From electronic medical record (EMR) systems to wearable devices, technology is helping to raise the standard of care across Canadian hospitals.
“Like it or not, technology is increasingly going to be part of [healthcare],” Tracie Risling, an assistant professor at the University of Saskatchewan’s nursing college, tells the Canadian Nurse Association. “We’re only going to get more and more connected.”
While digital solutions offer Canadian hospitals serious advantages, they should ultimately make nurses and doctors’ jobs easier, not harder. Technology that’s poorly introduced or too complicated for staff to use can be counterproductive to a hospital’s goals and have damaging effects on health workers.
As it stands, the Canadian Federation of Nurses Unions found that nurses have been working an average of 78% more overtime hours since the start of the pandemic. These overworked nurses don’t have spare time to learn new digital skills or take extensive training around technology — especially if they don’t see the value in using it.
Hospital legacy systems can also pose major obstacles when integrating a new solution, often preventing facilities from building seamless and legally-compliant processes for sharing information.
Yet, the right value-adding technology can overcome these challenges and give staff the critical support they need to improve experiences and processes for hospital patients, nurses and doctors.
Moving Beyond the Challenges: Adopting Better Smart Solutions
Your hospital’s outdated technology may not be intelligent enough to collect actionable patient data or offer workers simple ways to make their jobs easier and more impactful. To maximize the efficiency and positive impact of nurses, hospital leaders can equip staff with smart technologies that centralize and streamline communication, breaking down information silos between teams and departments.
Not all technology is easy to adopt, though.
For the best results, new technology needs to be completely intuitive and integrate seamlessly with existing systems — including your hospital’s EMR and asset-tracking system. This will help your hospital avoid confusing staff, collect insightful patient data compliantly, give nurses and doctors access to a unified network of information and boost the overall quality of care.
“We know emergencies can escalate in scope and severity quickly impacting hospital resources and threatening the vital and often lifesaving care we provide to patients and the community,” states the manager of enterprise risk at Mackenzie Health, Zeeshan Ahmed. “So, when every second counts, technology is helping to connect teams to respond faster and more effectively.”
By giving hospital staff access to helpful technology that’s easy to use and integrate into their essential systems, hospital leaders can reduce nurse burnout and better serve patients by automating manual tasks.
Take connecting with a patient’s regular healthcare provider, for instance.
Emergency departments in Canada typically only contact the family doctors of around 50% of admitted patients.
Hospitals can opt for smarter technologies that can speed up how a hospital connects with family doctors, engage patients with personalized care plans and initiate consistent, ongoing communication with external doctors and caregivers.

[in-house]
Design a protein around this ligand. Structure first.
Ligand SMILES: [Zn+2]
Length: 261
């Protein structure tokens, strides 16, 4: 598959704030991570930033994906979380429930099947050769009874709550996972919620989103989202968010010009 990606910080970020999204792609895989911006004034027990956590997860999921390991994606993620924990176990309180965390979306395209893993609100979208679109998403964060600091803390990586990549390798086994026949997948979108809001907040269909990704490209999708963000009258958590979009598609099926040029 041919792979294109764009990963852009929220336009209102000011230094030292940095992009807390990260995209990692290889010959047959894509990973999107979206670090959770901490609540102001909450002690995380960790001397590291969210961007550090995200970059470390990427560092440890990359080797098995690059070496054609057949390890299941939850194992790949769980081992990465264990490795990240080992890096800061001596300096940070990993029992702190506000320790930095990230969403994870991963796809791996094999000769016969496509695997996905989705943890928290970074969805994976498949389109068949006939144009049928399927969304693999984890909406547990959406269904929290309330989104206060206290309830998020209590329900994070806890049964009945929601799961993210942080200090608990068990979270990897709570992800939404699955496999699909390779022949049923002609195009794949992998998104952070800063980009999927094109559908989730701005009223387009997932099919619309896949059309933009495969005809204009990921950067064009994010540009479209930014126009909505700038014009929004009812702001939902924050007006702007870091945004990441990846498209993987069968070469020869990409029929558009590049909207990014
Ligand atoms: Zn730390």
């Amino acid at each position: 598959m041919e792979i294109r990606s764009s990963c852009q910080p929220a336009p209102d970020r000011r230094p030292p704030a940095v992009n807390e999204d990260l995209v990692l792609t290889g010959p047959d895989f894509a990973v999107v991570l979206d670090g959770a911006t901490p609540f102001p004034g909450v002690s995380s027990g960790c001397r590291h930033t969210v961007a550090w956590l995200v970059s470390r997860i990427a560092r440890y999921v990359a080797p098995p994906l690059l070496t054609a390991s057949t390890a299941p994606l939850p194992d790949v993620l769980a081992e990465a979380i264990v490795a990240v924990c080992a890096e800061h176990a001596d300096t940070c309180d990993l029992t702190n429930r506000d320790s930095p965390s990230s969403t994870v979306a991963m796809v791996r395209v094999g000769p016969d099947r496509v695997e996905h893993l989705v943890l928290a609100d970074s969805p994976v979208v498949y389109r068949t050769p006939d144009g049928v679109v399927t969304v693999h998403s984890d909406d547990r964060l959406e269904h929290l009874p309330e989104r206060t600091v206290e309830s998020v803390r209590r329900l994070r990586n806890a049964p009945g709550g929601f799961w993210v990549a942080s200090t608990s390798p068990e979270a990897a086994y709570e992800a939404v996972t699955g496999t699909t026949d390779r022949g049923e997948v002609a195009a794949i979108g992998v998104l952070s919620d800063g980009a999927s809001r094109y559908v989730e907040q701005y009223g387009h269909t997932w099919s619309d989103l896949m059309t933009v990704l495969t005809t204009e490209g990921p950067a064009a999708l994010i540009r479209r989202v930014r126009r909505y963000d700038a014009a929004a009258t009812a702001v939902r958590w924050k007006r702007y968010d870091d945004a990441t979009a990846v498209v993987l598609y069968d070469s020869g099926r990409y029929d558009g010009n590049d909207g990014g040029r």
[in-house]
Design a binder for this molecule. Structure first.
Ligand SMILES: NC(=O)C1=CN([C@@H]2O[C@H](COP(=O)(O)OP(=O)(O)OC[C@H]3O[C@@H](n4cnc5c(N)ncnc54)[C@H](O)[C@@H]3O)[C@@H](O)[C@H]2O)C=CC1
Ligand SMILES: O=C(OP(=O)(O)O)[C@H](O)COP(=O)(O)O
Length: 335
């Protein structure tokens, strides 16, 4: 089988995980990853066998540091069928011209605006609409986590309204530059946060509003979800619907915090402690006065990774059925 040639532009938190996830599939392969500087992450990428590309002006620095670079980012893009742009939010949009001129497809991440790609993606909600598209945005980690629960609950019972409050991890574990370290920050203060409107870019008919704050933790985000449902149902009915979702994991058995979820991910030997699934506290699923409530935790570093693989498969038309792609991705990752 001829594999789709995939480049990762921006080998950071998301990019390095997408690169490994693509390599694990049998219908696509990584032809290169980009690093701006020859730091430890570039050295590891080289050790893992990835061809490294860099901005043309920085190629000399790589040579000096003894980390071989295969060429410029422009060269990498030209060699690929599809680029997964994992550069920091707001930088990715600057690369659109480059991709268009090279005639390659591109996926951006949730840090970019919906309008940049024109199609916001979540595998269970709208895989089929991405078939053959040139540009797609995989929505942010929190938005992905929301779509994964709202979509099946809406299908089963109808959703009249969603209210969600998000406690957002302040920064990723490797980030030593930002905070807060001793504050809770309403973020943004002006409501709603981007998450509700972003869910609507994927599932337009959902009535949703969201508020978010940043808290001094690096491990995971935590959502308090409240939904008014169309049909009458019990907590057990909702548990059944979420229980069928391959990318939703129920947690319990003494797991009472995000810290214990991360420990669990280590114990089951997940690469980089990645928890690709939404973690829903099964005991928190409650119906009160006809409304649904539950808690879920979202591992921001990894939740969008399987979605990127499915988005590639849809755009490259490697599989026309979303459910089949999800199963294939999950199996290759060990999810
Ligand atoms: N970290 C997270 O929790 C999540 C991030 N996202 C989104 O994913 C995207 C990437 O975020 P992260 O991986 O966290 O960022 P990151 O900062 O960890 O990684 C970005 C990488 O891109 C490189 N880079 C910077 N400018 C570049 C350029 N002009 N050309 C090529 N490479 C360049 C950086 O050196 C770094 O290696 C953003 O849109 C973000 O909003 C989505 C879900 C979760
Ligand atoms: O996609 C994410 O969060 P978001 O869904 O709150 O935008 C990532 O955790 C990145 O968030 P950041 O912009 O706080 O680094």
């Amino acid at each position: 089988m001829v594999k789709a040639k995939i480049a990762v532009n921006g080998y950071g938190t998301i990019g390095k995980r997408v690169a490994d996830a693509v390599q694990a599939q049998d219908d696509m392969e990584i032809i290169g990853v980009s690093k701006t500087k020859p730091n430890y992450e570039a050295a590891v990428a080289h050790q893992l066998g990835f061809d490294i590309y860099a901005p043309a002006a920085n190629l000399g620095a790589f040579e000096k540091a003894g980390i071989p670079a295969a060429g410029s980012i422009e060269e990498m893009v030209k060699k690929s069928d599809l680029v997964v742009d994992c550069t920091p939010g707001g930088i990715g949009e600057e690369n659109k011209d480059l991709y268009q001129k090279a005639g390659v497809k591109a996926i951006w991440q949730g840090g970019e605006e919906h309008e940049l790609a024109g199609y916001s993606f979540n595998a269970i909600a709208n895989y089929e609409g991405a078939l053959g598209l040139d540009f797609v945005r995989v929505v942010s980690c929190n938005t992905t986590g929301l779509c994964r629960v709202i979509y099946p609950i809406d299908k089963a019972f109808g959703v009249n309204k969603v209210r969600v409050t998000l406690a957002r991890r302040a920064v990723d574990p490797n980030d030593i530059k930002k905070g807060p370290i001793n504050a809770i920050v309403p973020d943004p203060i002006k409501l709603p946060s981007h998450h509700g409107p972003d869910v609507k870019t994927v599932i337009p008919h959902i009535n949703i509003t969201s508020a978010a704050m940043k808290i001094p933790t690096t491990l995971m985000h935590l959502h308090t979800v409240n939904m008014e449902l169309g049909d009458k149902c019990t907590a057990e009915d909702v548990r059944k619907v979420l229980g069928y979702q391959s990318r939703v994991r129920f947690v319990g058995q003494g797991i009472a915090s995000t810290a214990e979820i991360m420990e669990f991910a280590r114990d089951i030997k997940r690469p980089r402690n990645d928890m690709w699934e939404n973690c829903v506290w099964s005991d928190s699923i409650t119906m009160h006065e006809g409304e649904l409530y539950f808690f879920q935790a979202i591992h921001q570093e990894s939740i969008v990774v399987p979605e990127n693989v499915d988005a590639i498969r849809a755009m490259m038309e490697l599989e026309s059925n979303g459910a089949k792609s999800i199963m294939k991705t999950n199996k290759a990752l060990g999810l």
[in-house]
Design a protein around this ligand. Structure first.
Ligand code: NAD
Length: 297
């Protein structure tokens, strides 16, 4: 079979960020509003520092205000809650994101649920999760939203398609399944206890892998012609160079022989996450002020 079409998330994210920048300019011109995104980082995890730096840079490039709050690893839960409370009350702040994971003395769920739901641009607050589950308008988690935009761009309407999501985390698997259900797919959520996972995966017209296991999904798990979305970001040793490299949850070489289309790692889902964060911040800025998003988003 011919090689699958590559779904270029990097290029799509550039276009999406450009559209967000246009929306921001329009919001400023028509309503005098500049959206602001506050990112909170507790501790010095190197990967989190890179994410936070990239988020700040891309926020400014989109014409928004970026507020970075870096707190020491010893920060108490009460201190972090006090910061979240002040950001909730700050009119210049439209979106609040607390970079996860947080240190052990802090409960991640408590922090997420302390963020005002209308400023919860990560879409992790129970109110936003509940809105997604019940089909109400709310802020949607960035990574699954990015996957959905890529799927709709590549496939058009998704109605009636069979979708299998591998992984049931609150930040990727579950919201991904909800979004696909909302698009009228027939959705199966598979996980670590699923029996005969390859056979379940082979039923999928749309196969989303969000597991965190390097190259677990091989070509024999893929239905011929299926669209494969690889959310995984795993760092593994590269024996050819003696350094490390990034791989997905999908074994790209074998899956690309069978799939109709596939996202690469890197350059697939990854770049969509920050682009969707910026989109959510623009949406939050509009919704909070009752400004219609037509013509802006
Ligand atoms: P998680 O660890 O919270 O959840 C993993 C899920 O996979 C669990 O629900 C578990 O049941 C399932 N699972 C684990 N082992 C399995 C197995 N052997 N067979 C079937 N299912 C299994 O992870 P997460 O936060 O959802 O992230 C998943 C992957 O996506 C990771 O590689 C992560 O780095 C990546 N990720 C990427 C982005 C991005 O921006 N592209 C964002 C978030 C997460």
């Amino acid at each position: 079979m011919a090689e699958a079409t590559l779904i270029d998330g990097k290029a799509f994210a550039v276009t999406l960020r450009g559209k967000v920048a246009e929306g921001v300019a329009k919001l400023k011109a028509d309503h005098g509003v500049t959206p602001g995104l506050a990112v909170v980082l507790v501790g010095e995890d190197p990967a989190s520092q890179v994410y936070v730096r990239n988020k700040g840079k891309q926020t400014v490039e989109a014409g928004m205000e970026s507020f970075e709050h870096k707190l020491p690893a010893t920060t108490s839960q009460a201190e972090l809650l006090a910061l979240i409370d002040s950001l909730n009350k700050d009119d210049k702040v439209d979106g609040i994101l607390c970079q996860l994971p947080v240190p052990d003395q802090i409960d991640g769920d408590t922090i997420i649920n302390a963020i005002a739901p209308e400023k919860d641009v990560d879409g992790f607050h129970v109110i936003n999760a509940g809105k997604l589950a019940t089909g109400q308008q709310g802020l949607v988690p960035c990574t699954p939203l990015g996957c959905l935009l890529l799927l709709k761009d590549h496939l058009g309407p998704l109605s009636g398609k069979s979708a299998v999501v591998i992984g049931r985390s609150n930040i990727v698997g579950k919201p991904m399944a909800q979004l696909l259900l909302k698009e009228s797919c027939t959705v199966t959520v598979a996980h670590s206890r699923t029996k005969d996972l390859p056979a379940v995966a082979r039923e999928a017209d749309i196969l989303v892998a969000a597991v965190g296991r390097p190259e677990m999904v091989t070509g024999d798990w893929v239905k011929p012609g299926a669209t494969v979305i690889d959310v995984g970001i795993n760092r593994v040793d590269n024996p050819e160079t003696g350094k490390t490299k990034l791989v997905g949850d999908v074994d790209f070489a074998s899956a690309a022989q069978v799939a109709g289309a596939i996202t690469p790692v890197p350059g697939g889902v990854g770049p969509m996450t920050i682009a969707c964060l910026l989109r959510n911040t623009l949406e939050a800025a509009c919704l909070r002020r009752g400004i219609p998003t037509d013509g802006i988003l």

The bottom line is that there’s plenty of technology available to hospitals that can improve the way nurses and doctors operate without adding to their burnout. You just need the proper partner to help implement effective technology successfully based on your facility’s particular needs and challenges.
Selecting the Right Technology To Empower Your Healthcare Workforce
Identifying the technology that can help your hospital’s workforce excel isn’t always an easy task. That said, it’s important to select a technology vendor that has proven success for staff process improvements at Canadian hospitals.
GetWellNetwork smart technology — which is implemented and supported by FlexITy — for example, has been successfully adopted by Mackenzie Health’s Cortellucci Vaughan Hospital in Ontario. Not only is this platform built with an intuitive user interface, but it can also integrate with existing EMR and legacy systems, removing communication and information barriers.
With Get Well, hospitals can reduce patient complications by up to 54% thanks to its ability to free up time for staff and provide nurses with centralized patient monitoring and engagement capabilities.
Hospitals using GetWell Rounds+, a digital solution that allows nurses to streamline manual rounding and communications processes, have also experienced 20% increases in staff efficiency. Moreover, this technology can integrate with other Get Well solutions to offer nurses an automated method to capture and record patient data and insights in a compliant way.
Meanwhile, healthcare teams can take advantage of GetWell Inpatient, which gives staff the tools they need to improve the standard of care through interactive and personalized care plans for patients.
“When nurses use technology as a tool to provide more individualized care, they are applying experiential knowledge and providing better care,” says Julia Imanoff, a perinatal nurse specialist.
Take your first step toward empowering your staff, reducing nurse burnout and elevating the standard of their care by contacting FlexITy today.